History & Hope

Lucy Dacus’ brilliant sophomore album takes on life’s biggest challenges

Even more than being a musician, Lucy Dacus considers herself someone who chronicles, catalogs, captures. A historian.

After her first album captured the attention of dozens of record labels, Dacus chose the venerable Matador Records and set about working on her follow-up, now firmly in the category of "highly anticipated." So, the now 22-year-old Dacus did what she does best, what comes naturally to her creative side: write about her life.

"I was writing a lot around a similar question how to retain hope in the face of things that destroy you or change your life when you don't want your life to be changed," she says. "A lot of songs have to deal with loss of life, loss of a relationship, loss of security or home or faith or identity. It's not easy content, but the goal of the album is to find ways out of that darkness."

Released March 2, Historians marks Dacus' moment as an artist breaking through, with 10 songs that wind through a yin-yang of subject matter and emotions: peace and chaos, death and life, darkness and hopefulness, today's politics and timeless themes. She's a historian of the recent past, of herself, but also a writer in search of ageless truths.

"History is subjective," she says. "It changes and I think it tells a story and you try to tell it a few years later, there will be new details popping to the foreground. It's interesting to look back at old material and realize that you view those moments differently now."

The Richmond, Virginia, songwriter released her debut, No Burden, in 2016, and the single "I Don't Want To Be Funny Anymore" quickly began drawing national attention. That culminated in a Pitchfork-chronicled bidding war, with Dacus ultimately choosing Matador, which re-released No Burden.

Dacus didn't begin working on Historians knowing what shape the album would take. Nor did she begin from an entirely blank slate, choosing to revisit old journals and songs as she explored what sort of statement she wanted to make, now that the music world was watching.

"I kind of figured it out as I went along," she says. "Some of the earliest lines are from 2011 and some of the latest ones were written in 2016 or 2017. There was a point at which it coalesced and I knew what it was. I wrote the track list before I finished all the songs, so there was a clear idea of what it was."

The last song on the record is called "Historians," and the lyrics contain two people, each one the historian for the other.

"I wanted to acknowledge I am one of those two historians and I'm the person in this record," Dacus says. "It is about me and my experiences. I'm not writing from a character's perspective. I journal constantly and have this impulse to catalog my life and capture the people I care about. I resonate with that identity even more than my identity as a musician. I've never taken music classes I don't even view myself as a musician. All my creative efforts go back to that impulse."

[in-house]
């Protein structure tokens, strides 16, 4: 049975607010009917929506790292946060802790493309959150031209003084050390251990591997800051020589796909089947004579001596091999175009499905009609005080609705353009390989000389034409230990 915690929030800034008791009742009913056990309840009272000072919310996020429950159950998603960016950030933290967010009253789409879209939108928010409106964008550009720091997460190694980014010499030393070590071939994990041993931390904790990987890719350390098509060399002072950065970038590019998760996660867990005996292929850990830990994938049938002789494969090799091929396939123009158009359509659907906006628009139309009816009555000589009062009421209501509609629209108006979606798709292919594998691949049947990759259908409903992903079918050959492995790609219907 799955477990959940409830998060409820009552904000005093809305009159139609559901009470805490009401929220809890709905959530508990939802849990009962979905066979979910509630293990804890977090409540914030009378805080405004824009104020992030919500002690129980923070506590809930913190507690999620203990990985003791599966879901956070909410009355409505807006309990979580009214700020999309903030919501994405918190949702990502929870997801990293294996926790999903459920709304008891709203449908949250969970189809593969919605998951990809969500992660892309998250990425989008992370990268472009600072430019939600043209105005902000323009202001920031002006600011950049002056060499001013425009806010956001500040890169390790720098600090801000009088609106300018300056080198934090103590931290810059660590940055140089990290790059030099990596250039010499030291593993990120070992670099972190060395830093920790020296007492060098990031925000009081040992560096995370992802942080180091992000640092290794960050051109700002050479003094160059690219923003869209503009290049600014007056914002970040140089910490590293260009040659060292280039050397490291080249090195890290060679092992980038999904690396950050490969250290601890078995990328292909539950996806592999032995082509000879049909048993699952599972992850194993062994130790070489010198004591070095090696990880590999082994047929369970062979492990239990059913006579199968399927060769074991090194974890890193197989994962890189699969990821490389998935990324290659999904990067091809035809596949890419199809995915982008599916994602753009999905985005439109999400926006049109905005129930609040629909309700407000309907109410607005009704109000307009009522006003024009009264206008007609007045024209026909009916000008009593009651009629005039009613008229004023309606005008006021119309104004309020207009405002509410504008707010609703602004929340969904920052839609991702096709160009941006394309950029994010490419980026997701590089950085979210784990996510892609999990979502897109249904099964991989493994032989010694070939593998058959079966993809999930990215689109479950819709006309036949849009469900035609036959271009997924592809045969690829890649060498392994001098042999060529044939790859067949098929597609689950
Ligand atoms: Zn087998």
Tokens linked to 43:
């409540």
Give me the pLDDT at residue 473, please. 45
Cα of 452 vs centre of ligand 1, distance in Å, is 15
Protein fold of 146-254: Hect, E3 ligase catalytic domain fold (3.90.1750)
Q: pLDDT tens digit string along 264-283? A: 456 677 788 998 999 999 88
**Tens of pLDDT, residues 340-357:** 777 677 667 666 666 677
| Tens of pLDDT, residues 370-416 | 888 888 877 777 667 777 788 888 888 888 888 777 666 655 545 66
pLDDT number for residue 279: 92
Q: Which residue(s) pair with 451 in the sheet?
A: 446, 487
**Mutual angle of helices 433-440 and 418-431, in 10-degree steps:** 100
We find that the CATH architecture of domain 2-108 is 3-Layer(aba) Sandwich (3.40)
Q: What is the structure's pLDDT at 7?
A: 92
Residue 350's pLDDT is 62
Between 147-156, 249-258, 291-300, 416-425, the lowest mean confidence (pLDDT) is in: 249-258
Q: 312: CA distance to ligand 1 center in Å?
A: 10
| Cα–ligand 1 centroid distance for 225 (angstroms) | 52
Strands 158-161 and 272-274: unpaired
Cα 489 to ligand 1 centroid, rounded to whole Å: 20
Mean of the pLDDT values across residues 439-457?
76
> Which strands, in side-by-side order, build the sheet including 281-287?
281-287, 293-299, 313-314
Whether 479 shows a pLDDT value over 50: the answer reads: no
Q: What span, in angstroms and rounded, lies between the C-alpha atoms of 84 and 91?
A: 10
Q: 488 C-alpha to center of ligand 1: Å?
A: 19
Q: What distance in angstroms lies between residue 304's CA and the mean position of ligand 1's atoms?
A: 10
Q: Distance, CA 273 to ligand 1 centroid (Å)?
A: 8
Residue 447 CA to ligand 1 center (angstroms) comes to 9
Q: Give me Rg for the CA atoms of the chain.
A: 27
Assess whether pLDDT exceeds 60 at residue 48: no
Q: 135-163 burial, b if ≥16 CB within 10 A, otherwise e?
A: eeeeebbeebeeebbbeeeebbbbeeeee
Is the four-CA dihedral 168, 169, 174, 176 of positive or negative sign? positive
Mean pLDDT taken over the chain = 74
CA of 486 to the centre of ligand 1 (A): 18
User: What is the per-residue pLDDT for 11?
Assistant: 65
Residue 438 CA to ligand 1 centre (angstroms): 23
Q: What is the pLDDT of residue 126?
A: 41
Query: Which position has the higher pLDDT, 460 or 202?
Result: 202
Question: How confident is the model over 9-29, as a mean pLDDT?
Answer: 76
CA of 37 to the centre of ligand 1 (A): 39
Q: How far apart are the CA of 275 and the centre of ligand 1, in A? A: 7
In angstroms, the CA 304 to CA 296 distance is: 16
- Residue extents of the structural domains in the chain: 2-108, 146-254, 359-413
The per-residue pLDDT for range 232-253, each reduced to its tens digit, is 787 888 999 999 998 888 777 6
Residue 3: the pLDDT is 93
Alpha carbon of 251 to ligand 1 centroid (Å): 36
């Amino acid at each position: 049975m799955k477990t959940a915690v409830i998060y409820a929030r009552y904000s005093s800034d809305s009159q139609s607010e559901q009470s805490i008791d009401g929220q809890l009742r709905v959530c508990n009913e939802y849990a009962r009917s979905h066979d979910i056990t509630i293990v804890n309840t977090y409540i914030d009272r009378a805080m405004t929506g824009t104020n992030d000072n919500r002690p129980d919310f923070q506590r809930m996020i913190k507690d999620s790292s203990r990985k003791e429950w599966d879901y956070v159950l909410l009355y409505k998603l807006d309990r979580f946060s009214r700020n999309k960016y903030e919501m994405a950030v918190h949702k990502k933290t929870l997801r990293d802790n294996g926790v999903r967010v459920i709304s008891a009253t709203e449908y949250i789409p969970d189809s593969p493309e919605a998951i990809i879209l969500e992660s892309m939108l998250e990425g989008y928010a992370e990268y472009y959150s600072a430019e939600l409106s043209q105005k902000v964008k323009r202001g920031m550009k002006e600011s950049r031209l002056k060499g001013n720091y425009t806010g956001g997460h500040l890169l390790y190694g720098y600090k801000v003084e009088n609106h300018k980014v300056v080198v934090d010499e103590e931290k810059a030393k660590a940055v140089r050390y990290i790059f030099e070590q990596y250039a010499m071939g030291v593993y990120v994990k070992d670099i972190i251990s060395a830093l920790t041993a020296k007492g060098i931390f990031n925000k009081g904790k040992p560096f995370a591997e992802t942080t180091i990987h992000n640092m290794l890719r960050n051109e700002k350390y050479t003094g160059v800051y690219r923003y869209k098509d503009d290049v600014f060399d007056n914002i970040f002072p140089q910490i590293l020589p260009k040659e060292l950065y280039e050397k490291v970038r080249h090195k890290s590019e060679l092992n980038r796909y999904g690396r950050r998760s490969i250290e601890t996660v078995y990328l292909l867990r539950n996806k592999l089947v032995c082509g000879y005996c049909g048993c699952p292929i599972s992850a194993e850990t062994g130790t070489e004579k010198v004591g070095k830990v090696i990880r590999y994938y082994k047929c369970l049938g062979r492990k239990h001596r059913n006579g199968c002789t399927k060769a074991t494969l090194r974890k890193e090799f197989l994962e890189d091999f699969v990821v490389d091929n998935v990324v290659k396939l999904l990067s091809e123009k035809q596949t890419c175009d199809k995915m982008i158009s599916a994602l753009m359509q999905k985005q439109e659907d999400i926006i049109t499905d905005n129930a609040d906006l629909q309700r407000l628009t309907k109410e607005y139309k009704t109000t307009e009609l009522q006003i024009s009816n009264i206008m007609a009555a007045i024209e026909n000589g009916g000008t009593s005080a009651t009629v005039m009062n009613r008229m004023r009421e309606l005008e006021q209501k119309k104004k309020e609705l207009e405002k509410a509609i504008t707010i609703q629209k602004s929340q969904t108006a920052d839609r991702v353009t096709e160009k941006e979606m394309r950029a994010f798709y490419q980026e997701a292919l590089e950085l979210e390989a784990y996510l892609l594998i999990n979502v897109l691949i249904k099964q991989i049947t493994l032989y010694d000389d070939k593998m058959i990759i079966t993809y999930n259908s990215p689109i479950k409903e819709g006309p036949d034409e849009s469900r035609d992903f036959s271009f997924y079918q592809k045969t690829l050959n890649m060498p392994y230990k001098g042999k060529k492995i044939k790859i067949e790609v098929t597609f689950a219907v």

Creating Historians, with its recording sessions in Nashville, was a very different experience than the quick hometown sessions that produced No Burden.

"I got to write these songs knowing there'd be a band. No Burden I wrote to play solo, so that's a huge difference," she says. "I was more aware of drum parts, bass parts, the fact that we could include other instruments like horns and strings.

Now, Dacus and her band are stepping into the roles they'll take for most of the next year: road musicians.

"We're just at the beginning of playing them for people and I'm having a really good time. I like playing them more than the No Burden songs," she says. "No Burden didn't really reach the same heights as Historians. I didn't get that loud and on Historians there are moments I get to shout and it feels very cathartic to get to scream. It's maybe something people don't expect based off No Burden, but I enjoy it."

Life as a touring musician is hectic, Dacus says, but offers a regimen that she enjoys, one that yields creative time as well.

"I know what I'm doing every 15 minutes for the next two and a half months, basically. But there's structure to that that is very calming, in some ways more so than being off tour," she says. "I often feel free on the road because my pockets of time are so segmented. Within the time between soundcheck and dinner I can do whatever I want and it's really nice to be able to latch onto that. I read and I write all the time. I think if I got carsick I'd really hate this job, but luckily I can read in the car. There's definitely a bit of a book club vibe in the van."

All that reading—contemporary books as well as classics—is another way that Dacus takes in the world. As a historian, of course.

"I read Anna Karenina last year and Mrs Dalloway. Both of those books accomplish a similar statement. They have these two characters grappling with how to live and they show two options, a hopeful option and a destructive option," she says. "It was nice for me to see both narratives next to each other and realize it's a choice to look life in the face and take it in for what it as. Those details come through in the album."

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